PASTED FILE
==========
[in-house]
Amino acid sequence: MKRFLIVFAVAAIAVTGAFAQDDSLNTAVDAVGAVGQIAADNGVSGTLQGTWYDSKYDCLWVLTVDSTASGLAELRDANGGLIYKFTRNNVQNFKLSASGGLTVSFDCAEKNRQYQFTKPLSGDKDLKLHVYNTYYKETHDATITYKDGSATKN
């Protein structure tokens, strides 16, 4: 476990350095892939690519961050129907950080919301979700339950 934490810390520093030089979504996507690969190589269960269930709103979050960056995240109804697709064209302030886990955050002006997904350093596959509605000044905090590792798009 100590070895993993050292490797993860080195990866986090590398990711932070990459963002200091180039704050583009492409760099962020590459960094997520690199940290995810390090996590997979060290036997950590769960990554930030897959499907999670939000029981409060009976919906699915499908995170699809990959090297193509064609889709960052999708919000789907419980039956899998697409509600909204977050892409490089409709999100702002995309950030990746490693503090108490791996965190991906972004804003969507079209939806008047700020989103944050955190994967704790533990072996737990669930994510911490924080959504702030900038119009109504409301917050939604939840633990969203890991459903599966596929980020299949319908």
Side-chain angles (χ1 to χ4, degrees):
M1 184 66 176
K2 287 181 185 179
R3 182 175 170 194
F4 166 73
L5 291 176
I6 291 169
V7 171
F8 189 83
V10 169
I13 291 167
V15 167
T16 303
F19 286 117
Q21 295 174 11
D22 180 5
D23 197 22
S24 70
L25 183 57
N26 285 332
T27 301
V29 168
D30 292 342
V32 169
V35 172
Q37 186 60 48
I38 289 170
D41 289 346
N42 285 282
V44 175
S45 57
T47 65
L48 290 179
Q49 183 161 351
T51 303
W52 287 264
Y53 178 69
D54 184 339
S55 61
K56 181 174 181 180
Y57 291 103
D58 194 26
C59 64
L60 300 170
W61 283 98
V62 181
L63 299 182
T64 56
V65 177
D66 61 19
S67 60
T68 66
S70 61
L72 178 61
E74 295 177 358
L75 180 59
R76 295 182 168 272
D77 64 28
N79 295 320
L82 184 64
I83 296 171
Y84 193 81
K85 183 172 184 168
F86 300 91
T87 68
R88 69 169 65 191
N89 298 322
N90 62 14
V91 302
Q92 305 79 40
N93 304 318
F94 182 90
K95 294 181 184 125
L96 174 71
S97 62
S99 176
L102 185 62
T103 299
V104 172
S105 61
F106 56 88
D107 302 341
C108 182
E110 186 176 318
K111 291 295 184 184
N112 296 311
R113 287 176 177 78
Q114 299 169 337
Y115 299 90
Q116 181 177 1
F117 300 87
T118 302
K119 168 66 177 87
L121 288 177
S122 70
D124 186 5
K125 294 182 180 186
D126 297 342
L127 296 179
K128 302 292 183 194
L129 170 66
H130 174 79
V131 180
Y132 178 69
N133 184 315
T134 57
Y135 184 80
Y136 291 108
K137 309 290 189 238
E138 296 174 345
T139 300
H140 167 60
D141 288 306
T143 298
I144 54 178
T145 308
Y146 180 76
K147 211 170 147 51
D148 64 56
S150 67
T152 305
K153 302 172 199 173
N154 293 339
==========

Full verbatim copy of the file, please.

[in-house]
Amino acid sequence: MKRFLIVFAVAAIAVTGAFAQDDSLNTAVDAVGAVGQIAADNGVSGTLQGTWYDSKYDCLWVLTVDSTASGLAELRDANGGLIYKFTRNNVQNFKLSASGGLTVSFDCAEKNRQYQFTKPLSGDKDLKLHVYNTYYKETHDATITYKDGSATKN
């Protein structure tokens, strides 16, 4: 476990350095892939690519961050129907950080919301979700339950 934490810390520093030089979504996507690969190589269960269930709103979050960056995240109804697709064209302030886990955050002006997904350093596959509605000044905090590792798009 100590070895993993050292490797993860080195990866986090590398990711932070990459963002200091180039704050583009492409760099962020590459960094997520690199940290995810390090996590997979060290036997950590769960990554930030897959499907999670939000029981409060009976919906699915499908995170699809990959090297193509064609889709960052999708919000789907419980039956899998697409509600909204977050892409490089409709999100702002995309950030990746490693503090108490791996965190991906972004804003969507079209939806008047700020989103944050955190994967704790533990072996737990669930994510911490924080959504702030900038119009109504409301917050939604939840633990969203890991459903599966596929980020299949319908």
Side-chain angles (χ1 to χ4, degrees):
M1 184 66 176
K2 287 181 185 179
R3 182 175 170 194
F4 166 73
L5 291 176
I6 291 169
V7 171
F8 189 83
V10 169
I13 291 167
V15 167
T16 303
F19 286 117
Q21 295 174 11
D22 180 5
D23 197 22
S24 70
L25 183 57
N26 285 332
T27 301
V29 168
D30 292 342
V32 169
V35 172
Q37 186 60 48
I38 289 170
D41 289 346
N42 285 282
V44 175
S45 57
T47 65
L48 290 179
Q49 183 161 351
T51 303
W52 287 264
Y53 178 69
D54 184 339
S55 61
K56 181 174 181 180
Y57 291 103
D58 194 26
C59 64
L60 300 170
W61 283 98
V62 181
L63 299 182
T64 56
V65 177
D66 61 19
S67 60
T68 66
S70 61
L72 178 61
E74 295 177 358
L75 180 59
R76 295 182 168 272
D77 64 28
N79 295 320
L82 184 64
I83 296 171
Y84 193 81
K85 183 172 184 168
F86 300 91
T87 68
R88 69 169 65 191
N89 298 322
N90 62 14
V91 302
Q92 305 79 40
N93 304 318
F94 182 90
K95 294 181 184 125
L96 174 71
S97 62
S99 176
L102 185 62
T103 299
V104 172
S105 61
F106 56 88
D107 302 341
C108 182
E110 186 176 318
K111 291 295 184 184
N112 296 311
R113 287 176 177 78
Q114 299 169 337
Y115 299 90
Q116 181 177 1
F117 300 87
T118 302
K119 168 66 177 87
L121 288 177
S122 70
D124 186 5
K125 294 182 180 186
D126 297 342
L127 296 179
K128 302 292 183 194
L129 170 66
H130 174 79
V131 180
Y132 178 69
N133 184 315
T134 57
Y135 184 80
Y136 291 108
K137 309 290 189 238
E138 296 174 345
T139 300
H140 167 60
D141 288 306
T143 298
I144 54 178
T145 308
Y146 180 76
K147 211 170 147 51
D148 64 56
S150 67
T152 305
K153 302 172 199 173
N154 293 339